Jenkins Docker Workflow plugin - A look at inside()


The docker workflow plugin enables leveraging Docker containers for CI/CD workflows in Jenkins. There are two broad patterns one would generally use containers in their CI/CD environment. The first would be as “side car” containers - these are containers which run alongside your tests/other workflow and provide services such as a database server, memory store and such. The second would be as base execution environments for the tests/builds. The documentation for the plugin explains these two patterns and how to achieve either using Jenkins workflow plugin.

The goal of this post is to discuss a bit about how the second workflow works.

How does inside() work?

This is how inside() is implemented by Jenkins, given a docker image, user/image:version:

  1. Start a docker container in daemonized mode from user/image:version passing cat as the command to execute
  2. (1) will ensure that the container stays running since that’s how cat works (waits for input)
  3. Now that the execution environment is ready, the build/test commands are then executed

(1) would roughly translate to the docker command, docker run -t -d user/image:version ... cat and (3) would roughly translate to docker exec -t <docker container id above> .. commands. For the curious, the source code for this is here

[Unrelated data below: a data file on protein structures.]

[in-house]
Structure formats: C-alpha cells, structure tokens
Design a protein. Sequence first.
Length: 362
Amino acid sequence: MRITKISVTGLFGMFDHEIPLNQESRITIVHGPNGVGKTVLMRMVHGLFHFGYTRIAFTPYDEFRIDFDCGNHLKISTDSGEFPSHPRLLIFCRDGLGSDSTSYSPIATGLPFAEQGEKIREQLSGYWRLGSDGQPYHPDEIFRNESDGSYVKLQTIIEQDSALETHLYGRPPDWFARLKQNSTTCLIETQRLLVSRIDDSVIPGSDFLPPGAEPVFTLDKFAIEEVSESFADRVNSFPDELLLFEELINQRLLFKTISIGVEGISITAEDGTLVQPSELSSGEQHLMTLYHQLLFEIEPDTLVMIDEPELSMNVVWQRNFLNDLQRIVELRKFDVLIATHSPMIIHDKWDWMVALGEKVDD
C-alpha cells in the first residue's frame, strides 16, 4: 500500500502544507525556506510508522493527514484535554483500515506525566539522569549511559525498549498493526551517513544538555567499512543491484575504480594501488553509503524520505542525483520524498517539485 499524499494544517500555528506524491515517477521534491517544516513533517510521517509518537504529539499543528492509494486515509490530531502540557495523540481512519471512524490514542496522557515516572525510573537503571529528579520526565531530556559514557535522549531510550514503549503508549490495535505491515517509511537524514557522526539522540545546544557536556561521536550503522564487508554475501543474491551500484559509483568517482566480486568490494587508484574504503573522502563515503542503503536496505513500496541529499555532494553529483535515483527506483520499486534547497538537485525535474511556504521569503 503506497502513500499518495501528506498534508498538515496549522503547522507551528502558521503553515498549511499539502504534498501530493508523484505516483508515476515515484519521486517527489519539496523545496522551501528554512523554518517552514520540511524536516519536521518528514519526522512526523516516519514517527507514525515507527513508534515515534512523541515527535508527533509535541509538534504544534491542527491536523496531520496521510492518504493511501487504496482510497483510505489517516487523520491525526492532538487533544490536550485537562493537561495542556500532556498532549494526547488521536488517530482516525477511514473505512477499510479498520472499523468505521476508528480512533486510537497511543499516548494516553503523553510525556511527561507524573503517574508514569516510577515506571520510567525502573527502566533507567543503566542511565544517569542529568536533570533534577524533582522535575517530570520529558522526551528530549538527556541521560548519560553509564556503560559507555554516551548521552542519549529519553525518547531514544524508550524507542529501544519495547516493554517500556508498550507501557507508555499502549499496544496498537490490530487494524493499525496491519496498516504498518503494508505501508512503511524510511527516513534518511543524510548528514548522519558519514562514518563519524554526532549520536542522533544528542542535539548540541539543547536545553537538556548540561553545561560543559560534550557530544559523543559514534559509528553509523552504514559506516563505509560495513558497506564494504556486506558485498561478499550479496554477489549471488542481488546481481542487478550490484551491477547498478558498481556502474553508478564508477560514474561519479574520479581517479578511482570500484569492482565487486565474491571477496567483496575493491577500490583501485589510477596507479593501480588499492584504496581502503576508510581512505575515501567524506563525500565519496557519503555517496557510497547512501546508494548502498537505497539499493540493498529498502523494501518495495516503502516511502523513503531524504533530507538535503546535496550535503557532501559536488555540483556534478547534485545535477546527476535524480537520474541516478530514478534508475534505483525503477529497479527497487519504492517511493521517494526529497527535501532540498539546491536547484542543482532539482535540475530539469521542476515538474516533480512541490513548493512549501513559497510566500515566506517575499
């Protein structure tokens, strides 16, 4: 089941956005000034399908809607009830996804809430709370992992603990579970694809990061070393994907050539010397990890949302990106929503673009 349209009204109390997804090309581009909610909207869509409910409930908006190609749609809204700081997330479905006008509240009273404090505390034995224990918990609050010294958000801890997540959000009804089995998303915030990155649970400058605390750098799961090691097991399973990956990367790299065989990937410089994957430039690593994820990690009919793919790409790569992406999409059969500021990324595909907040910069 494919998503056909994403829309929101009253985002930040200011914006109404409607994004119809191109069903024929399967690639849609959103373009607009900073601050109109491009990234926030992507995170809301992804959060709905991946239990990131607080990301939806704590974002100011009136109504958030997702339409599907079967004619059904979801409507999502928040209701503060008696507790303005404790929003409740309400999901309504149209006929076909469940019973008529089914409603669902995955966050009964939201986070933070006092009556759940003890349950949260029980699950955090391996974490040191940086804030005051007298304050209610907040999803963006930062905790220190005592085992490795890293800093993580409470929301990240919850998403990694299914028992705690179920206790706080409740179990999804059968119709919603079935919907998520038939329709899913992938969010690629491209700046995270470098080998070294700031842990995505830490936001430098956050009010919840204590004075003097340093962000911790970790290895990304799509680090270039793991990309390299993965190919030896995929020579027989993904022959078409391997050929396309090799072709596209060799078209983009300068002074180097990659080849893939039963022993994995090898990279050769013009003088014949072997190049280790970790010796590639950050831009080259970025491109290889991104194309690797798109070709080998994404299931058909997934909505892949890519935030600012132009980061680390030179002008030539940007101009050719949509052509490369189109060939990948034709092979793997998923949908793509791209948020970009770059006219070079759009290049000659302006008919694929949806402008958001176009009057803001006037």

inside() and ENTRYPOINT

Let’s say the docker image you specify to inside() defines an entrypoint. What happens then? cat is specified as an argument to the entrypoint. So unless, your entrypoint can execute the cat program successfully, your container will never start successfully. The error in your CI build will be something like: Failed to run top '80e56ee23982149fa484429af94fb70c1f63245bbf4fac265fe0a2f972dc16f5'. Error: 
Error response from daemon: Container 80e56ee23982149fa484429af94fb70c1f63245bbf4fac265fe0a2f972dc16f5 is not running

After (1) above is run, Jenkins runs the equivalent of the docker top command (source code reference) to find out the processes that are running and check if there is a process running the cat command. If there is none or there is an error otherwise, the build is aborted. Hence the above error that it failed to run top inside the container.

Thus, if you are not sure about whether there is an ENTRYPOINT defined or not, we can disable the entrypoint using, --entrypoint=''. Thus, our inside() statement will look something like this:

docker.image('user/image:version').inside("""--entrypoint=''""") {

The above will result in the following docker command for step (1) above:

docker run -d -t --entrypoint='' user/image:version cat


Hopefully this post helps somebody else when you are furiously trying to figure out what’s going on. I know it will certainly help me. To learn about docker’s ENTRYPOINT (and CMD), this post should be useful. Jenkins isn’t my favorite CI solution, but at least I can if I wish to figure out what’s going on since it’s open source.